To tell the difference between empathy and investigation, watch for distinctions along four different dimensions: energy, subject, intention and trust. These distinctions can help us engage awareness and skill to meet your needs and respond to others’ needs in more direct ways. The more you meet your needs in conscious and direct ways, the more present you can be for others. Read on for more about how to do this.
What's the real reason you choose to talk about something or not? "Privacy" can become a misplaced label that's used to hide harmful behaviour. Secrets typically come from reactivity -- and can carry shame, fear or threat of harm, and take a toll. And yet, if something private gets mislabeled as a "secret" it can also trigger shame and fear. The key to all this may be in relating to privacy from a place of clear differentiation, boundaries, agency, care and discernment.
What we refer to as "selfishness" is action taken without concern for the impact or cost of that action. Self-responsibility, on the other hand, includes actively living from the truth of interdependence, care for your and others needs, thriving of all, and more. We can access clarity of self care when we have open flexibility, curiosity, and responsiveness. Read on for more on the indicators and attributes of each of these distinctions.
The attention you enjoy may not be motivated by true caring for you. There are three key questions that can help you discern whether you are receiving care or charm: How does caring show up under duress? How are differences treated? How consistent is the ability to consider the impact of their behavior on others? Be mindful of your judgments and notice any patterns.
Here are 14 more key differentiations that are not, at time of publishing this, on the CNVC key differentiations list. They can be used to support people who are on the path of learning and integrating NVC in making sense of their own understanding of their journey and where they are within it. And it can be used to support people who share NVC with others in offering brief information in support of understanding and learning.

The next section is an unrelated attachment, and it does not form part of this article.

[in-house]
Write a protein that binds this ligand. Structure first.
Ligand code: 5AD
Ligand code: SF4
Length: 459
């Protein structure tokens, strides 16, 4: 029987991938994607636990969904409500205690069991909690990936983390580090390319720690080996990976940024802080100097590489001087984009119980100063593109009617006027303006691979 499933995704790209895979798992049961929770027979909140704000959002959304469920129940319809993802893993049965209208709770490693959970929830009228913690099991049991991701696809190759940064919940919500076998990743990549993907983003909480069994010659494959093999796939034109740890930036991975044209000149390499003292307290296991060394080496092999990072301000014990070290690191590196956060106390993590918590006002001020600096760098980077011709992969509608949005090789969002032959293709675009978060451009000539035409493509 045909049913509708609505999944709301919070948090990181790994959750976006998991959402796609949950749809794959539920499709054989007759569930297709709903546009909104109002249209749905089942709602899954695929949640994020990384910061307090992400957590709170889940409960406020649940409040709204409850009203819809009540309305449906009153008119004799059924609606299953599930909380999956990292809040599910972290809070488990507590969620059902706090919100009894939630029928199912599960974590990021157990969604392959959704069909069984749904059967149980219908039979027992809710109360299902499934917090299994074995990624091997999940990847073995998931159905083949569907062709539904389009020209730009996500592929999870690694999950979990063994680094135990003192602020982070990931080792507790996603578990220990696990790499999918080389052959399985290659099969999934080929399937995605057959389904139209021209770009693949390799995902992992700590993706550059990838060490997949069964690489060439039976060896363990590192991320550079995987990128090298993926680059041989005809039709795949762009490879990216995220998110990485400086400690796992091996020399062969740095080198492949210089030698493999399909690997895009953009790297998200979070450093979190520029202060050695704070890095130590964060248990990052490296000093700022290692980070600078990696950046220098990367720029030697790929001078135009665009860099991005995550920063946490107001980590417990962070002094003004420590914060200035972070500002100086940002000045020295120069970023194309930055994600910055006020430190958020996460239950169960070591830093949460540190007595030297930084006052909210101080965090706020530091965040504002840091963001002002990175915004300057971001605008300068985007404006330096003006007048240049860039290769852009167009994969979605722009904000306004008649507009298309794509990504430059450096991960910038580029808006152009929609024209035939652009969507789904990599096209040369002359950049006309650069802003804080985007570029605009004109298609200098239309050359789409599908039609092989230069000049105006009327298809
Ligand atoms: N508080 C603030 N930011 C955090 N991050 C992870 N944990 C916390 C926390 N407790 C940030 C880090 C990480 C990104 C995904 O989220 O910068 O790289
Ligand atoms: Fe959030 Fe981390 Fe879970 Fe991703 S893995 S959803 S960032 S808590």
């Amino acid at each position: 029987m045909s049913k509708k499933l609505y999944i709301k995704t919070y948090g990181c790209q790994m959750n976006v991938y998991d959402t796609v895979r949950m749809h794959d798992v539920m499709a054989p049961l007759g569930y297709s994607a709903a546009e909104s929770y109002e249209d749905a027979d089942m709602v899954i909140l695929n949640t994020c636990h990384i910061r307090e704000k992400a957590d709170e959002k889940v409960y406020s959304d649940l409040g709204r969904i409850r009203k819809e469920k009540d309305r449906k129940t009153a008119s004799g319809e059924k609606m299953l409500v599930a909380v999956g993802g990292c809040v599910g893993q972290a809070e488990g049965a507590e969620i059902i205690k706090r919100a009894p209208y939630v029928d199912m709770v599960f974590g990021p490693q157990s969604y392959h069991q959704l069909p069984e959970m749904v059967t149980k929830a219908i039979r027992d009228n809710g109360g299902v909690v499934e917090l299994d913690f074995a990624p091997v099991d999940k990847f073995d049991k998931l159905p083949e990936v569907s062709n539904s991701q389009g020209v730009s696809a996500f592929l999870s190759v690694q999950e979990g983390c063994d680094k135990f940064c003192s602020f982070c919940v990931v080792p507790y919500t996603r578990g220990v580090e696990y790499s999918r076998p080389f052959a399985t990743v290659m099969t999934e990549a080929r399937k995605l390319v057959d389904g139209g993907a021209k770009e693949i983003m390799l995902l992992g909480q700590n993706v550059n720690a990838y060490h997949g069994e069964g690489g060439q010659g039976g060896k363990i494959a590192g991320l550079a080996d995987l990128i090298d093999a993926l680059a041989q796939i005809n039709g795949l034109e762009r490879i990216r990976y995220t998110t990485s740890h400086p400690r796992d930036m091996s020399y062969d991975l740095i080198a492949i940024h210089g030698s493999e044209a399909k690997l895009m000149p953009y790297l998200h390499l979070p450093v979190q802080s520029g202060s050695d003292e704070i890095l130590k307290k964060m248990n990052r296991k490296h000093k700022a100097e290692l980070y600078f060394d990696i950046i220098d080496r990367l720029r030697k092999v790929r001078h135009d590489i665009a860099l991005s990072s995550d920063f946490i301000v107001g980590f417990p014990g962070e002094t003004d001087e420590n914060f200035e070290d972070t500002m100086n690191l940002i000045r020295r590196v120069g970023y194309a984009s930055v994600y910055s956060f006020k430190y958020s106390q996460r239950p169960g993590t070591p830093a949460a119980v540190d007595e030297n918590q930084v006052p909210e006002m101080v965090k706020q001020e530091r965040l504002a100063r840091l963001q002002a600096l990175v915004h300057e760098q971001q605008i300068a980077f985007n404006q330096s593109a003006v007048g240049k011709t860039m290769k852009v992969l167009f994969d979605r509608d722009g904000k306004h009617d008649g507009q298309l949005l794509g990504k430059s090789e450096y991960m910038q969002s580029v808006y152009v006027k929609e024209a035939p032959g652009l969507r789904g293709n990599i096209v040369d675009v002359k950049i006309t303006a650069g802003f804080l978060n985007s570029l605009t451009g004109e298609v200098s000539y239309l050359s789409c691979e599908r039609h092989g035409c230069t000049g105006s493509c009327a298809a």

When someone's behavior costs us, we may attempt to negotiate as much as possible. After some rounds of this, if there's no change we may reach a tolerance limit. So we may set a boundary for self care and clarity about what's unworkable. But depending on intentions and the way its said, this may or may not be a punishment to get even. Here, clarity about intentions, feelings, needs, actions and dialogue may support us.
When someone behaves in a way that you may label convincing, cajoling, guilt-tripping, threatening, analyzing, or criticizing, you may be tempted to guess they have a "need" for control. Instead, name what this person is doing that isn't meeting your needs. If it is a true need your heart will have softened. If you feel resentment or resistance, you are likely making a judgment rather than guessing what they are needing.
Trainer Tip: When we sympathize, we relate an aspect of someone’s story to ourselves. When we empathize, we reflect the feelings and needs of the other. Empathy helps people connect more deeply to their own and another’s pain, and helps resolve issues with clarity and ease. Notice when you're giving someone sympathy rather than empathy.
In NVC we define needs as resources that life requires to sustain itself. All human beings have the same needs. The strategy is what we do to meet that need. Strategies are specific; we all choose unique ways to meet our needs. The more we can see the difference between the two, the more likely we are to resolve conflicts with ease. Today, look for opportunities to notice the difference in the given situation.